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Old 05-27-2007, 01:27 AM   #91
Johnny Dakar OP
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Location: Just 3 Short Miles North of Baja
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IF YOU'RE HAVING A REAL ADVENTURE, APPARENTLY ONE TERRIFYING, LIFE-THREATENING, ENCOUNTER WITH GALE-FORCE WINDS PER DAY ISN'T ENOUGH.

I led onto the road to L.A. Bay--at my normal 60-65 mph (the speed limit was 60 kph)...but Clay made his need to get there before dark quite clear when he blew past me at 80, and held it almost all the way there.

Until then, I'd been led to believe his bike wouldn't do more than 70 due to the gearing. Well well well.

JEEZUS! He was on fire. It was a beautiful, new, fantastic, perfect two-lane road, but after two or three turns through the mountains, the idea of "decreasing radius turn alone in the evening on a deserted road in Baja" kept crossing my mind. I let caution win out and slowed down. I think he was in a hurry to get his teeth-rattling asphalt journey over as soon as possible. I'd meet up with him soon enough.

And a good thing I slowed down too, because the instant I reached the bottom of the first canyon on the other side of the moutains, it hit me like a freight train. Gusty, hard wind smacked me hard enough to blow me into the oncoming lane--twice. I'd never experienced anything like it before. It wasn't of a constant speed or direction. I chopped my speed down to 30 mph and held on . The canyon apparently funnelled the wind into this area, and it was whirling all around me. If it were constant, at least I could compensate for it, but it was gusting like crazy, and all I could do was react.

Oh well, at least the scenery was great as the sun set. I was afraid I'd hit Bahía de los Angeles after dark.


Not quite.






...and I'd finally caught up with Clay, too. Wow. The legendary L.A. Bay. How many times had I seen this in Ride Reports?

And here I was.


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Old 05-27-2007, 05:46 AM   #92
Teeds
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Kick ass photo there sir!!!

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Old 05-27-2007, 09:26 AM   #93
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Any idea what Martin's portable radio is for?
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Old 05-27-2007, 02:54 PM   #94
worldrider
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Quote:
Originally Posted by Johnny Dakar
[...] Not sure if you can really tell by this photo, but my rear tire? FLAT. Oh well. We had everything we needed to patch it and refill it. While I’d never done it before, I had every confidence that we’d be able to pull it off. Clay was anxious [...] I hadn’t noticed that little Martín had run off. I noticed it when he came back. Just as I opened my tank bag to pull out my tools, he comes roaring up in an ancient pickup truck loaded with tools and an air compressor [...]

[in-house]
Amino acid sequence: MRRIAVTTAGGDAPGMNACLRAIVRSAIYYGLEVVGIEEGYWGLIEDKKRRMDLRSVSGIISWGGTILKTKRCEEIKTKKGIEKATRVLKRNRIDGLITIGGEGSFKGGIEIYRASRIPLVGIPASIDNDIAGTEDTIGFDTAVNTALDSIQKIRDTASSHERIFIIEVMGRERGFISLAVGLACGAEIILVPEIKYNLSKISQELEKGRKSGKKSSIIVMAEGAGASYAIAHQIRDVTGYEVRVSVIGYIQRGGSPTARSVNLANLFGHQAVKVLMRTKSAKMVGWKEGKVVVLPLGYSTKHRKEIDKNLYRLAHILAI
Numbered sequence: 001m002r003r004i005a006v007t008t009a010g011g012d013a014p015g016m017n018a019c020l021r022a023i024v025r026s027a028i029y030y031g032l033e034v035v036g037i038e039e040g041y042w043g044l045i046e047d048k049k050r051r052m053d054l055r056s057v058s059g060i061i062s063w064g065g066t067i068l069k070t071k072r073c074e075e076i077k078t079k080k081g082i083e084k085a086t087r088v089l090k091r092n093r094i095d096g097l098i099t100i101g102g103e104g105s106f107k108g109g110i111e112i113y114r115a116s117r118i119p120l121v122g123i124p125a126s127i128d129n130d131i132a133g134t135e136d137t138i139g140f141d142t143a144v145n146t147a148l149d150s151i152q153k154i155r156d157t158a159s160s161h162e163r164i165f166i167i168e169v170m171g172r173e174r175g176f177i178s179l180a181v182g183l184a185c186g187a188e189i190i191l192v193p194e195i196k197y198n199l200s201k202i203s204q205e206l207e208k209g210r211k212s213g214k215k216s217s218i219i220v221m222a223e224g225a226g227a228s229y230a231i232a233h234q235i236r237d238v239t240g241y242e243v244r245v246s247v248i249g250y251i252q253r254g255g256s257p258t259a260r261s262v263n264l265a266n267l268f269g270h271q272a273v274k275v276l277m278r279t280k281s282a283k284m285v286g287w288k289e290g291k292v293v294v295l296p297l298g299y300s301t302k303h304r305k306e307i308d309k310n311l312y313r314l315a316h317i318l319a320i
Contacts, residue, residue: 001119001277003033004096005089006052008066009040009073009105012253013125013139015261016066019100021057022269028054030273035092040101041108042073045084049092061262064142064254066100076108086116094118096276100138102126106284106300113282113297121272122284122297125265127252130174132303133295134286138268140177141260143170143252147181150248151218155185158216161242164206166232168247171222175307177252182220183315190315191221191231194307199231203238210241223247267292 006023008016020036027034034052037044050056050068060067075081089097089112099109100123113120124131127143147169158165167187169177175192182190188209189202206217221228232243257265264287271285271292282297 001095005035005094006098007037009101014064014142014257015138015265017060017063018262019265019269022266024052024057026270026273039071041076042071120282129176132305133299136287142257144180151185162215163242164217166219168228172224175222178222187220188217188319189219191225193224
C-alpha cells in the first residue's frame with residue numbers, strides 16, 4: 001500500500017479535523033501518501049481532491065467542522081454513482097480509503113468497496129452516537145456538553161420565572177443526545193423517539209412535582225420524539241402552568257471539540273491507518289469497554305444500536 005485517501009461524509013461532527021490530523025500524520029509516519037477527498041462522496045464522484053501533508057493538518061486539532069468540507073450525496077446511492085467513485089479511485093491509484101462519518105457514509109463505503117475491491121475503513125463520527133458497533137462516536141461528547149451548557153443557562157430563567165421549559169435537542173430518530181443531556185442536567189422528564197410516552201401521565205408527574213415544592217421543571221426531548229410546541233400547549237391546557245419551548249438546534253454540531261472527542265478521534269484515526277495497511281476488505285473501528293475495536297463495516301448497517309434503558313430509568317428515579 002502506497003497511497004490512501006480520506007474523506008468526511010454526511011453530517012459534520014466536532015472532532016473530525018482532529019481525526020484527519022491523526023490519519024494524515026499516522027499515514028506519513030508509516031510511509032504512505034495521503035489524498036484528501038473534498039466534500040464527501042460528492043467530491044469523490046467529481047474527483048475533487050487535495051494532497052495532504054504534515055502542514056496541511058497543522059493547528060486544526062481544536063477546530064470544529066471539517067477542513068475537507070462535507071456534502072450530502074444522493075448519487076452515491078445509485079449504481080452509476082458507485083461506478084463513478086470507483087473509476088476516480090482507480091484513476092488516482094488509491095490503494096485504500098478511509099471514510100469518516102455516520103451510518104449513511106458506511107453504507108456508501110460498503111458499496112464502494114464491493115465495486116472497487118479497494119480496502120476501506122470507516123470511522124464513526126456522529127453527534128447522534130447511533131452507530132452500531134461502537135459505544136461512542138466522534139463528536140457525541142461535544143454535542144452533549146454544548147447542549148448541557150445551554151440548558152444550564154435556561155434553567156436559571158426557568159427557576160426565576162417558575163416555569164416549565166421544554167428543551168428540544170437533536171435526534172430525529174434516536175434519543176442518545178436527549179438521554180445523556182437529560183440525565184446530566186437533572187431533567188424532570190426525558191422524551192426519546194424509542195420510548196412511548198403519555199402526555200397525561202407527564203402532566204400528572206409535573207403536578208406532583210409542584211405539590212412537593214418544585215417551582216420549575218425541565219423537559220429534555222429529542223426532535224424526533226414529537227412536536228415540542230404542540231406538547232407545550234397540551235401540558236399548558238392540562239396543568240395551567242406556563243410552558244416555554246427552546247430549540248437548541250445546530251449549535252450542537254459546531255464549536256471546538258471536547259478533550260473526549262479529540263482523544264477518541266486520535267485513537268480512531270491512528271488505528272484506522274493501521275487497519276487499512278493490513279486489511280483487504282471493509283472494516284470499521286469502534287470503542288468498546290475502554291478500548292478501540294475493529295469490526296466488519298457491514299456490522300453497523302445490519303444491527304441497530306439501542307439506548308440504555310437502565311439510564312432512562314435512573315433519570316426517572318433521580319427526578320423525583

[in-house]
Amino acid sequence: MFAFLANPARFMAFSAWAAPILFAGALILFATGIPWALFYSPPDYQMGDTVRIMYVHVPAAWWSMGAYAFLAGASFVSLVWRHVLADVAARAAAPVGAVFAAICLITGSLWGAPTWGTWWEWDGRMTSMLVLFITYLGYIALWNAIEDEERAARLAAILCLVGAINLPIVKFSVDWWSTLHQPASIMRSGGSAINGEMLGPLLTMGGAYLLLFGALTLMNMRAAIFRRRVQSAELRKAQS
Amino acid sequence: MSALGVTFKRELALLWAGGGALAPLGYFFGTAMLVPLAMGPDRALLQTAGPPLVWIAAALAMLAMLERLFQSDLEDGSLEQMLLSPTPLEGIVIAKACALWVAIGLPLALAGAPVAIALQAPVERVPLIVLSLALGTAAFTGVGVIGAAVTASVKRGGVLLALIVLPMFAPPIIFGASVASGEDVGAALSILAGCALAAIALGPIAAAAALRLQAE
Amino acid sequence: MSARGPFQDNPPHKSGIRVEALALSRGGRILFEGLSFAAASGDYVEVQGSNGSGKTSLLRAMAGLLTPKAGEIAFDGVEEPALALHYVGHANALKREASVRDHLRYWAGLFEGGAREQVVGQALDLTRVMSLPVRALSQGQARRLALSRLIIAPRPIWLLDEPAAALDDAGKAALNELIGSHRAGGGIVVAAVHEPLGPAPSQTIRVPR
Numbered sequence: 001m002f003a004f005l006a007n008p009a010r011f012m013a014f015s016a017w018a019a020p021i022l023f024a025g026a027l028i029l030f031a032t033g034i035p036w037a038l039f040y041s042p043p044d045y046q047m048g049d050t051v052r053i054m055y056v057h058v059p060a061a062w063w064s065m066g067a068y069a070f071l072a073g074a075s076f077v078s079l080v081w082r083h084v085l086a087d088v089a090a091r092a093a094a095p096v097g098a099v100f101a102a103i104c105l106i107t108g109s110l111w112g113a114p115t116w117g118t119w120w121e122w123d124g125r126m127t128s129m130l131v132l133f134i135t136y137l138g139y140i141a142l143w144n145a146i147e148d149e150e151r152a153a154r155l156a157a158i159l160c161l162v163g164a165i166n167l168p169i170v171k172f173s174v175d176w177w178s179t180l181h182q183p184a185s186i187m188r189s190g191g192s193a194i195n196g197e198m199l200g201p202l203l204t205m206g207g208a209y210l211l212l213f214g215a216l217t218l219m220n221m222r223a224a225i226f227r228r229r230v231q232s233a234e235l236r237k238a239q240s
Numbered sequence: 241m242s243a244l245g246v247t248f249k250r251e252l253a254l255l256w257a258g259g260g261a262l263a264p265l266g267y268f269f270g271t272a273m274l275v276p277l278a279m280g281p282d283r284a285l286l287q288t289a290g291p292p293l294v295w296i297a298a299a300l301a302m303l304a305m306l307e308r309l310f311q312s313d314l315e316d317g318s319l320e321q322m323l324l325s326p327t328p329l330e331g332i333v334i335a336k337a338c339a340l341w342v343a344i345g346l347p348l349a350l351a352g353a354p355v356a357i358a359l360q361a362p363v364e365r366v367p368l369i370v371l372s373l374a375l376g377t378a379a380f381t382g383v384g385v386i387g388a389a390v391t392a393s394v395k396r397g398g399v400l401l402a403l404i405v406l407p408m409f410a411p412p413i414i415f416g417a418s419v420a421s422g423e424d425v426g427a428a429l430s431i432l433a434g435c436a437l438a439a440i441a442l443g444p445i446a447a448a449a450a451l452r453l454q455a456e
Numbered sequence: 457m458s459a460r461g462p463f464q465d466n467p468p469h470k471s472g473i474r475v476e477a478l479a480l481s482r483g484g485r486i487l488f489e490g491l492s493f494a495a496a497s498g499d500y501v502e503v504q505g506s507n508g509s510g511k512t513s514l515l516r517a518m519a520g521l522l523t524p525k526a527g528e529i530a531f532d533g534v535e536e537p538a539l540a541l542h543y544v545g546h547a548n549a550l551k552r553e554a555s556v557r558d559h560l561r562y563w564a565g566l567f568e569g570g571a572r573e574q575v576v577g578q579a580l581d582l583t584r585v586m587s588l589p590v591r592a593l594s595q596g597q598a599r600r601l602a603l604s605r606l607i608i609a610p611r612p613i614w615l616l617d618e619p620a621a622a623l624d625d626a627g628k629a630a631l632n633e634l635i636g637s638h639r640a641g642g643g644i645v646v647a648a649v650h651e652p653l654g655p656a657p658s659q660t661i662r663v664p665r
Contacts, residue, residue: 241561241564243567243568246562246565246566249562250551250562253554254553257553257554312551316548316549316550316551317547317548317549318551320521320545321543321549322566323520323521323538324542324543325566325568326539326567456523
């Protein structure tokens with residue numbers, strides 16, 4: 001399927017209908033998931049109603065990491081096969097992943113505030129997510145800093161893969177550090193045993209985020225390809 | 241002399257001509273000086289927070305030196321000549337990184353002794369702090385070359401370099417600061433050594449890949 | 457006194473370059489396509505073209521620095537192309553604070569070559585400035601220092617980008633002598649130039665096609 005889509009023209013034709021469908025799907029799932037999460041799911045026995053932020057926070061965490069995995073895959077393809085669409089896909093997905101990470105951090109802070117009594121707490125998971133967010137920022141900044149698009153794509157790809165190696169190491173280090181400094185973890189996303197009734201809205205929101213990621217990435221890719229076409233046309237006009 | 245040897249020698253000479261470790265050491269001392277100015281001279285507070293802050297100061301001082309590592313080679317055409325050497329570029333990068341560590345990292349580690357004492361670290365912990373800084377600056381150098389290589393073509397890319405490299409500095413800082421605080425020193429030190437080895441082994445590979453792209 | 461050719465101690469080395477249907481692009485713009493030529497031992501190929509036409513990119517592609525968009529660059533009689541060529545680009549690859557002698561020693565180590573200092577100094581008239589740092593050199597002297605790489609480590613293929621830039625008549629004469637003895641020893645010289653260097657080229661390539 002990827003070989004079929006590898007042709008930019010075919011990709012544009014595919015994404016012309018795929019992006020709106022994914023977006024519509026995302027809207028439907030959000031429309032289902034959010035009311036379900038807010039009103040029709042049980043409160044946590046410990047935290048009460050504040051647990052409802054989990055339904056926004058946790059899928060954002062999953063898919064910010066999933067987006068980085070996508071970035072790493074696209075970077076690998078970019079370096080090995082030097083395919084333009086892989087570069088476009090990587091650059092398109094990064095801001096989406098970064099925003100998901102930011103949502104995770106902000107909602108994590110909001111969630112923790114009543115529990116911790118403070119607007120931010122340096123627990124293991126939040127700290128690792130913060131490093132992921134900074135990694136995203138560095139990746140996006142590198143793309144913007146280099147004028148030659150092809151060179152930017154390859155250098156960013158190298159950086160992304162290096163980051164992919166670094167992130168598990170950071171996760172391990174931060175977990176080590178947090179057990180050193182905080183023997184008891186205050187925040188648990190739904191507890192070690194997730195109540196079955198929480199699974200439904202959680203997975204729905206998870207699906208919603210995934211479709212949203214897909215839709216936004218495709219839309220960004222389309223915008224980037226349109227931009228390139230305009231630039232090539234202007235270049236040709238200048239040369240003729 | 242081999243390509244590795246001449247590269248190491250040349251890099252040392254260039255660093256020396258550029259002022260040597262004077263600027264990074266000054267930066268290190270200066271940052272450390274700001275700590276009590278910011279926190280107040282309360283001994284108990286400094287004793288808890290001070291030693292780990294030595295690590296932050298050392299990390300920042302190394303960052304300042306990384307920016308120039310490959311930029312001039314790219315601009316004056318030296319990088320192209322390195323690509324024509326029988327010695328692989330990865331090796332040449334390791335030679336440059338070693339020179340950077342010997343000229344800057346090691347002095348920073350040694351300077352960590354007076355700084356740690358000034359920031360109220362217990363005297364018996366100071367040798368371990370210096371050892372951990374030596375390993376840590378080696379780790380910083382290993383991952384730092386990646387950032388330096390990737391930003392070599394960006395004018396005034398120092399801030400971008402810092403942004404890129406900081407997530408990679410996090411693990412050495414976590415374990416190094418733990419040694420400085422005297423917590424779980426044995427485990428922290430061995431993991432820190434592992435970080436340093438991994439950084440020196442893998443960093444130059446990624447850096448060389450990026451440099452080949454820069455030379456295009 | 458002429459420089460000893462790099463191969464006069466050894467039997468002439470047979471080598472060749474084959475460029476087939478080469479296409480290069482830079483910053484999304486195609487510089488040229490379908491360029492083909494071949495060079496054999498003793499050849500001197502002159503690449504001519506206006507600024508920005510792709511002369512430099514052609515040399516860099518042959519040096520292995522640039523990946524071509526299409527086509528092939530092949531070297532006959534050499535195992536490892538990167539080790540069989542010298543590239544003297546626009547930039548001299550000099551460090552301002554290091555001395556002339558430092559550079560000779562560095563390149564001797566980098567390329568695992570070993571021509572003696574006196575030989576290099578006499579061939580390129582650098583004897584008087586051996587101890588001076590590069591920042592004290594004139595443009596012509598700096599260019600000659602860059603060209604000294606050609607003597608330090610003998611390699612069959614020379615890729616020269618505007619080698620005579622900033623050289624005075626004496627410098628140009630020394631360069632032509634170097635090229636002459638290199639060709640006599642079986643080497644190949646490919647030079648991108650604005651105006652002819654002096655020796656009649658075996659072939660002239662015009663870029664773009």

you gotta love those portable on call llanteras, no? But the change had you done it yourself woulda been great practice for your upcoming Eurotour... no worries. You'll have plenty of shots at that...

great photos, write up... keep em coming...

smiles
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Old 05-27-2007, 08:11 PM   #95
Ratman
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Baja tire problems

I may have put 10000 miles on Baja Roads. I bet I average a puncture every 1000 miles. It come from all the used lumber that is hauled down there with the nails and various hardware falling out all over the roads.
A year ago last Jan 10 of us street bikes made the run from San Ignacio to Guererro Negro and two of us had punctures with 1/4 inch bolts/hardware.

Yep a good tire patch kit is good to have. For guys running tubeless a number 10 sheet metal screw will often make a temporary repair to get you to a llantera. For what those guys charge, they save you a lot of work.

BTW, JD, you are telling a very amusing story.

Oh and about you're story of go to the bank and pay your fee for the visa. I've ignored paying for the visa twice now.......I think I have heard that some folks are being charge for all their misses these day. Anyone confirm that???
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Old 05-28-2007, 03:09 AM   #96
Johnny Dakar OP
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LA NOCHE PRIMERA EN LA BAHÍA DE LOS ANGELES

By the time we'd rolled down into town, it was dark. And the last time we'd eaten had been that morning with Mike and Elizabeth. I was so delirious I pulled over and asked Clay where he wanted to eat.

As if he'd actually know.

We wound up pulling into the parking lot of the first place we saw...a small shack with two elderly American couples eating out front. We nodded hello and plodded inside--where there were two Mexicans--a woman who apparently worked there, and a cook. It was a comfy little place—packed with trinkets and goods in that haphazard, handmade Mexican fashion, and filled with the overpowering aroma of garlic, citrus, and butter. There was only one other table, occupied by a single middle-aged gringo.

Clay, in his usual fashion, struck up a conversation with him. It went on for at least five minutes, and when it became apparent that it wasn't going to end soon, we sat down.
Meet Glen Johnston: